The unknown being that strange limbo occupied by those teetering souls who are in the act of trying to sell the very homes in which they live. Trying to pull the only rug they’ve currently got from under their own feet. Sound like I’m not down with the program, dunnit?
The old manse went actively on the market last weekend with the first Open House since August, and a realtors-only OH 2 days later. Next one’s coming up April 2nd (not the 1st, happily – if we’re going to be made fools of, pray the Goddess it ain’t over real estate).
And, oh mama mia, did we clean! I felt like my hands were going to come off at the wrists. Sibling got her daunting collection of clothing and other belongings actually sorted, boxed, shelved, a vast achievement. Her boudoir looks quite charming. I did the basement – – or rather, the basement nearly did me. The purely functional, unfinished cellar of a 140 year old 3-story house has a reality all its own. It’s the foundation, the house’s great solid foot in the original earth. Here the hole was dug in the undeveloped wooded glade back in 1875. The house sits on it like tiers of acrobats on the shoulders of the bottom strongman. The house’s minute shifts and shrugs, the passage of feet and living movement in the floors above, send down subtle dust obeying gravity, seeking its level. The basement accepts and supports.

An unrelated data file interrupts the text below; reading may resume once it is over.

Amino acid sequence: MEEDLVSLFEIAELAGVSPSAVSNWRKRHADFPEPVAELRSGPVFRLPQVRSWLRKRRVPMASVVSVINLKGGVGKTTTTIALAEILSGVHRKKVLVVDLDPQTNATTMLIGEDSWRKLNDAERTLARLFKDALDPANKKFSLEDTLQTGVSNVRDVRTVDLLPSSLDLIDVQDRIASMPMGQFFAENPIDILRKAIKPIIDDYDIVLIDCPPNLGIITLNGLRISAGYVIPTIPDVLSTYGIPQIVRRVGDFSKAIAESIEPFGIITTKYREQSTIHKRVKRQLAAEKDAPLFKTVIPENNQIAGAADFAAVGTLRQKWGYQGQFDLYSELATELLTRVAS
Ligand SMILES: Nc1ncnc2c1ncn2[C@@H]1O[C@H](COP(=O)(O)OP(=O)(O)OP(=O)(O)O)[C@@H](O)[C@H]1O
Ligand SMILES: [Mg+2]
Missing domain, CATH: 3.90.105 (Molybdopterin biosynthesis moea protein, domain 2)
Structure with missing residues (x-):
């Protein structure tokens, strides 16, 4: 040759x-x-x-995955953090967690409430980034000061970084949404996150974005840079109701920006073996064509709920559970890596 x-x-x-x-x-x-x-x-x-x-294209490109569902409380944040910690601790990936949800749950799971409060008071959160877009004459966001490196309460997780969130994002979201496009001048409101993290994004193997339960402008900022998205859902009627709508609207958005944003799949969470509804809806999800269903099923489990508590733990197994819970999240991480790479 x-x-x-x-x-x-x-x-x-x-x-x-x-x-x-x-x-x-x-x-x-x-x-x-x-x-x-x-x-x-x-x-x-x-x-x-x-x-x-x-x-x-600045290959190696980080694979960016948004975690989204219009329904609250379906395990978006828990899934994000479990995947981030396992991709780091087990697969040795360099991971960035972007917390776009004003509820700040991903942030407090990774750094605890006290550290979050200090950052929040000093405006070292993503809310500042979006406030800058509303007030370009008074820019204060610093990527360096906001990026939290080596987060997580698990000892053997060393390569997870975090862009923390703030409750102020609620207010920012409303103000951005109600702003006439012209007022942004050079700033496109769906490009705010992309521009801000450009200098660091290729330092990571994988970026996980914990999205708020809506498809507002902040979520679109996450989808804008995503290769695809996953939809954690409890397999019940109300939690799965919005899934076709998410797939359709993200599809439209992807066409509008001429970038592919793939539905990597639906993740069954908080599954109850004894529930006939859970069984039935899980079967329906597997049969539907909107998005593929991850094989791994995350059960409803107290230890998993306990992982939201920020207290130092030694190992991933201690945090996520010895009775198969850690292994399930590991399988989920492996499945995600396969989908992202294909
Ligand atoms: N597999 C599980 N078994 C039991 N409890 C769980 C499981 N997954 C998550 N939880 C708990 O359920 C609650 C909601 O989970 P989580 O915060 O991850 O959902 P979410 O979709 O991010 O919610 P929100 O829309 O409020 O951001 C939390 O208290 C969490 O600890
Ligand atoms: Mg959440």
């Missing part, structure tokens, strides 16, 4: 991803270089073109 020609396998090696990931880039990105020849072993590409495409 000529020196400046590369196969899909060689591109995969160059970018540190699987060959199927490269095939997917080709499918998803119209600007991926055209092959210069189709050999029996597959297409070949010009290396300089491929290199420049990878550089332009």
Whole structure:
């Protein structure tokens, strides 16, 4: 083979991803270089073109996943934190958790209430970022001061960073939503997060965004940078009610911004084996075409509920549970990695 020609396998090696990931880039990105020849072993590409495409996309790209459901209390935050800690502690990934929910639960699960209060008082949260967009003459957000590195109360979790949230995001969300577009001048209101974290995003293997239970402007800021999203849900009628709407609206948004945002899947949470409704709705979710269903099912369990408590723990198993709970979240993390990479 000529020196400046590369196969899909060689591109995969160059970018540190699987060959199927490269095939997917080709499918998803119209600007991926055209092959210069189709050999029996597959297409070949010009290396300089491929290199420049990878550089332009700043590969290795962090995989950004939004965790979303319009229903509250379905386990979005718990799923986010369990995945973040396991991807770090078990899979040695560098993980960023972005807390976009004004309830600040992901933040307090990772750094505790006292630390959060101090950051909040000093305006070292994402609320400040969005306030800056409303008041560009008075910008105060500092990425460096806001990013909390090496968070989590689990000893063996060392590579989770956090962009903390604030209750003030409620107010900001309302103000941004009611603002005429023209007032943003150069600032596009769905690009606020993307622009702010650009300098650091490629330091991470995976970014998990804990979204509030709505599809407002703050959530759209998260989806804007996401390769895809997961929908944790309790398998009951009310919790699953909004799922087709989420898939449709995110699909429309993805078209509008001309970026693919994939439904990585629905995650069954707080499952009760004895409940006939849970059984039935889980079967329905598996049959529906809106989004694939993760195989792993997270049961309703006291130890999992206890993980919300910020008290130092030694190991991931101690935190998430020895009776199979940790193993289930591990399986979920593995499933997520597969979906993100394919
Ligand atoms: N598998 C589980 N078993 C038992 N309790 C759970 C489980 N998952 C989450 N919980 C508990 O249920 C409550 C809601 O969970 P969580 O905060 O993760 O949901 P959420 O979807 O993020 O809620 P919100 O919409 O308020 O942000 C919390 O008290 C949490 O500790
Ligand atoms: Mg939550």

I suppose that dwellers in buildings in places like London, where any cellar is likely to be cheek by jowl with evidences of century on century of human habitation – old pots, old bones, old walls, old pavements long buried – have a somewhat different attitude toward their basements. They know they’re part of a palimpsest.